This is definitely worth watching. I’m not a horror fan – I’m not even crazy about Robert E. Howard’s horror stuff, and he’s my second-favorite author. But I’ve seen enough genre films to appreciate how Tucker and Dale takes them on. It’s an excellent film. It is a little gory here and there, so be warned. Tudyk and Labine said that  second script, from a different, unidentified screenwriter, was terrible. That seems to be as far as a sequel is likely to get.

Tucker and Dale vs. EVIL is worthy to join Galaxy Quest, and Without A Clue, in this category for me. Support Your Local Sheriff (which I love) might be one in the Western genre, but I’m not sure yet. Of course, there’s the amazing Blazing Saddles, but that’s so over the top, it’s in a league of its own.

Here’s the trailer (that pic is from the scene where it all goes haywire):

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Bob Byrne’s ‘A (Black) Gat in the Hand’ made it’s Black Gate debut in the summer of 2018 and returned in 2019 and 2020. Come back next week for the 2021 installment.

His ‘The Public Life of Sherlock Holmes’ column ran every Monday morning at Black Gate from March, 2014 through March, 2017. And he irregularly posts on Rex Stout’s gargantuan detective in ‘Nero Wolfe’s Brownstone.’

He organized Black Gate’s ‘Discovering Robert E. Howard’ and ‘Hither Came Conan’ series’. Both were nominated for awards from the Robert E. Foundation.

He is a member of the Praed Street Irregulars, founded www.SolarPons.com (the only website dedicated to the ‘Sherlock Holmes of Praed Street’) and blogs about Holmes and other mystery matters at Almost Holmes.

He has contributed stories to The MX Book of New Sherlock Holmes Stories – Parts III, IV,  V, VI and XXI.

He has written introductions for Steeger Books, and appeared in several magazines, including Black Mask, Sherlock Holmes Mystery Magazine, The Strand Magazine, and Sherlock Magazine.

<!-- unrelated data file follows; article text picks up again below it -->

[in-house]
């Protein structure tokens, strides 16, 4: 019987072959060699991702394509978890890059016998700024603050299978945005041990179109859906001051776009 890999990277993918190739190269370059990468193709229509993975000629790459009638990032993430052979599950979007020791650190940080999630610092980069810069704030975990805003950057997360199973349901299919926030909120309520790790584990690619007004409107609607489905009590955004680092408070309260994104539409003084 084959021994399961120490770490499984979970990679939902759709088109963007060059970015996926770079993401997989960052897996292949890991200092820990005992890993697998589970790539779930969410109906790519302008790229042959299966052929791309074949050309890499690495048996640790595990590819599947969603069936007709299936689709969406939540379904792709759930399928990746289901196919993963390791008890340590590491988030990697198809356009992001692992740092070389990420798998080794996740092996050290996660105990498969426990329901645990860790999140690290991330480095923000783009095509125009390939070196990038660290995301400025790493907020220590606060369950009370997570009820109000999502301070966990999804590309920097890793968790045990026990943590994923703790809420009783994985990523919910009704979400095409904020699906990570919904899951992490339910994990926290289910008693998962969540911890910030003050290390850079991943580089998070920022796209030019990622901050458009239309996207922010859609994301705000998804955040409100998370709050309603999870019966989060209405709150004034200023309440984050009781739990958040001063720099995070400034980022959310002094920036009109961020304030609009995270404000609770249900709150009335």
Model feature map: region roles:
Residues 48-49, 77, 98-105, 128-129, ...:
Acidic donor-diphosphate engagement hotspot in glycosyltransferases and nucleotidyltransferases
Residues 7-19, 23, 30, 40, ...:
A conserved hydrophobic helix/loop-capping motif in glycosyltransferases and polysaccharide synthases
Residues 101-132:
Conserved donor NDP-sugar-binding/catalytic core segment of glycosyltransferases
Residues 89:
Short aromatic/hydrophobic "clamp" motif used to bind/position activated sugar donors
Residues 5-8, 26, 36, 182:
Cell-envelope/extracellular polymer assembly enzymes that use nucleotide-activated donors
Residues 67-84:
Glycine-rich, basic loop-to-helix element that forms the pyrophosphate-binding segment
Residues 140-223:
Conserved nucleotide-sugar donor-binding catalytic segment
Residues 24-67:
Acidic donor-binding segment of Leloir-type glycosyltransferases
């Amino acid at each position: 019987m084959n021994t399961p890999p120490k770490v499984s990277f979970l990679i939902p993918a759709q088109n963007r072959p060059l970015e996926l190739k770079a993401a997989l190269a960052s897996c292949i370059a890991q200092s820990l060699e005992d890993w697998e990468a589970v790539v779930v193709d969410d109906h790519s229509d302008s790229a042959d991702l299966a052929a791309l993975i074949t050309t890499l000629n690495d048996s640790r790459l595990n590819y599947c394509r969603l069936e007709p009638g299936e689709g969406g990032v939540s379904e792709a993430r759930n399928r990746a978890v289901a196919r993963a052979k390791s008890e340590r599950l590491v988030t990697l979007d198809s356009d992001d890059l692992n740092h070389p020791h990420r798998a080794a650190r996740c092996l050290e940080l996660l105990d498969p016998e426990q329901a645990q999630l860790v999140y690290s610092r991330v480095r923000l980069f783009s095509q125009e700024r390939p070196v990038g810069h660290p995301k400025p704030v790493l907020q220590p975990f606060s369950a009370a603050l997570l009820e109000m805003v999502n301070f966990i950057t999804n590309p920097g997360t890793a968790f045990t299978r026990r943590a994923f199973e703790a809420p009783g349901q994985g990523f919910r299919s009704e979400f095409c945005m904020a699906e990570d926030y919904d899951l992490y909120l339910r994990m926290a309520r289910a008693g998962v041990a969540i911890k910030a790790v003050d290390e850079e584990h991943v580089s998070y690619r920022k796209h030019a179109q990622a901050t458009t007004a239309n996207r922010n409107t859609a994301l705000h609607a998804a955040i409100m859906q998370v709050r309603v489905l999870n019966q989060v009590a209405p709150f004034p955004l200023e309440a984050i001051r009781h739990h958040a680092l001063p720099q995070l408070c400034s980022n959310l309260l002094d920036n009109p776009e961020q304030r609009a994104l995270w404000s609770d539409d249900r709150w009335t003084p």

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Thomas Parker

Horror comedy is a tricky genre. I never much liked An American Werewolf in London, which everyone else seems to love. My favorite is Polanski’s The Fearless Vampire Killers, but I try not to think about who directed it and who starred in it (Sharon Tate). No opinion on Shaun of the Dead? I like that better than Tucker and Dale (which I did enjoy) or Zombieland.

And you’re on the mark with Support your Local Sheriff. I can’t think of a better western comedy. McLintock, maybe?

Fletcher Vredenburgh

Shaun of the Dead is absolutely amazing – a good zombie movie and surprisingly sweet. I just rewatched Tucker and Dale and was very happy how well it held up


man i realaly love a good parody. i fell in love with Leslie Nielsen and all the parodies he has done. whn i was in my late teens to 20’s i hung out in a mom and pop movie rental place, and one week i was made to watch all the Western Trinity mocies, which were basically naked gun like westerns from around 1970 or so. i gotta say i do not like westerns in general but i did crack up at the Trinity movies, i dont remember how many there are, but i know one was called My Name is Still Trinity. have you seen those?

as far as Tucker and Dale, i enjoyed that, but i watched it as already a fan of Mr. Tudyk, i am not a huge horror fan either, though i feel like for some reason i have seen a ton of them. i dont think i ever seek them out though. things like What We Do In The Shadows still get me though. that one is funny and follows through to the TV show they made. hell Leslie Nielsen even made of few of those too.


con man was good, little on the nose, but it was a fun watch.

i am REALLY liking him in Resident Alien though, great role.

Jeff Stehman

I enjoyed TDvE, but I thought it fell a little short of its trailer.

Aonghus Fallon

This has been on my radar for a while because it’s such a great concept. I didn’t want to comment before watching it first, in the hopes that it might be on Amazon Prime over here in Ireland. Sadly, it’s not. Still on my list, though!

Timothy E LeMaster

Textbook example of why communication is key.